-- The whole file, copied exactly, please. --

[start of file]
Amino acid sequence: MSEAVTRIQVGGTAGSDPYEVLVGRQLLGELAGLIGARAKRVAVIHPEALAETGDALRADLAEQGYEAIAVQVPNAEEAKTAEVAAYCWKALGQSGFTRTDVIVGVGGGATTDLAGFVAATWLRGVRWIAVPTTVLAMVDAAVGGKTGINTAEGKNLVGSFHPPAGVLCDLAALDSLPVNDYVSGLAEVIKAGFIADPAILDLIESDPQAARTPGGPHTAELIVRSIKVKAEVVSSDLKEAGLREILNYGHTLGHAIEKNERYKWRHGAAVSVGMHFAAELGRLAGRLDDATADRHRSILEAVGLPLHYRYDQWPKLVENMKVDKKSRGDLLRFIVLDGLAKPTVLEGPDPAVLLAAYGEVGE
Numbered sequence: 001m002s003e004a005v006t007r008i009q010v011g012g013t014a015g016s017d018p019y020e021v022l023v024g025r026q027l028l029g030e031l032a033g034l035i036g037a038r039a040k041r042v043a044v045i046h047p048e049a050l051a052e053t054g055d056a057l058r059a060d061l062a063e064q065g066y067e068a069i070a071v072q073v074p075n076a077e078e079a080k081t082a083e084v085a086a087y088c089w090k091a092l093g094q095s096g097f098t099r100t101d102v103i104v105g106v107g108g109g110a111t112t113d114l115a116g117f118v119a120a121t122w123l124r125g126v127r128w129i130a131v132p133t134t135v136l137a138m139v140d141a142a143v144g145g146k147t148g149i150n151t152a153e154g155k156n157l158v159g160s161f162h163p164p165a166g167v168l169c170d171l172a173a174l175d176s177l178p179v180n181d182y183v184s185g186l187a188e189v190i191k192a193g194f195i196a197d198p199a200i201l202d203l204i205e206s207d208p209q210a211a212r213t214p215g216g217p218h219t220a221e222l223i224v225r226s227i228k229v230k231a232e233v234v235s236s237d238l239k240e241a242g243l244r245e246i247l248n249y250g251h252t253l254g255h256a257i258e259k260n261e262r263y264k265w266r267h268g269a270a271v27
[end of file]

Amino acid sequence: MSEAVTRIQVGGTAGSDPYEVLVGRQLLGELAGLIGARAKRVAVIHPEALAETGDALRADLAEQGYEAIAVQVPNAEEAKTAEVAAYCWKALGQSGFTRTDVIVGVGGGATTDLAGFVAATWLRGVRWIAVPTTVLAMVDAAVGGKTGINTAEGKNLVGSFHPPAGVLCDLAALDSLPVNDYVSGLAEVIKAGFIADPAILDLIESDPQAARTPGGPHTAELIVRSIKVKAEVVSSDLKEAGLREILNYGHTLGHAIEKNERYKWRHGAAVSVGMHFAAELGRLAGRLDDATADRHRSILEAVGLPLHYRYDQWPKLVENMKVDKKSRGDLLRFIVLDGLAKPTVLEGPDPAVLLAAYGEVGE
Numbered sequence: 001m002s003e004a005v006t007r008i009q010v011g012g013t014a015g016s017d018p019y020e021v022l023v024g025r026q027l028l029g030e031l032a033g034l035i036g037a038r039a040k041r042v043a044v045i046h047p048e049a050l051a052e053t054g055d056a057l058r059a060d061l062a063e064q065g066y067e068a069i070a071v072q073v074p075n076a077e078e079a080k081t082a083e084v085a086a087y088c089w090k091a092l093g094q095s096g097f098t099r100t101d102v103i104v105g106v107g108g109g110a111t112t113d114l115a116g117f118v119a120a121t122w123l124r125g126v127r128w129i130a131v132p133t134t135v136l137a138m139v140d141a142a143v144g145g146k147t148g149i150n151t152a153e154g155k156n157l158v159g160s161f162h163p164p165a166g167v168l169c170d171l172a173a174l175d176s177l178p179v180n181d182y183v184s185g186l187a188e189v190i191k192a193g194f195i196a197d198p199a200i201l202d203l204i205e206s207d208p209q210a211a212r213t214p215g216g217p218h219t220a221e222l223i224v225r226s227i228k229v230k231a232e233v234v235s236s237d238l239k240e241a242g243l244r245e246i247l248n249y250g251h252t253l254g255h256a257i258e259k260n261e262r263y264k265w266r267h268g269a270a271v27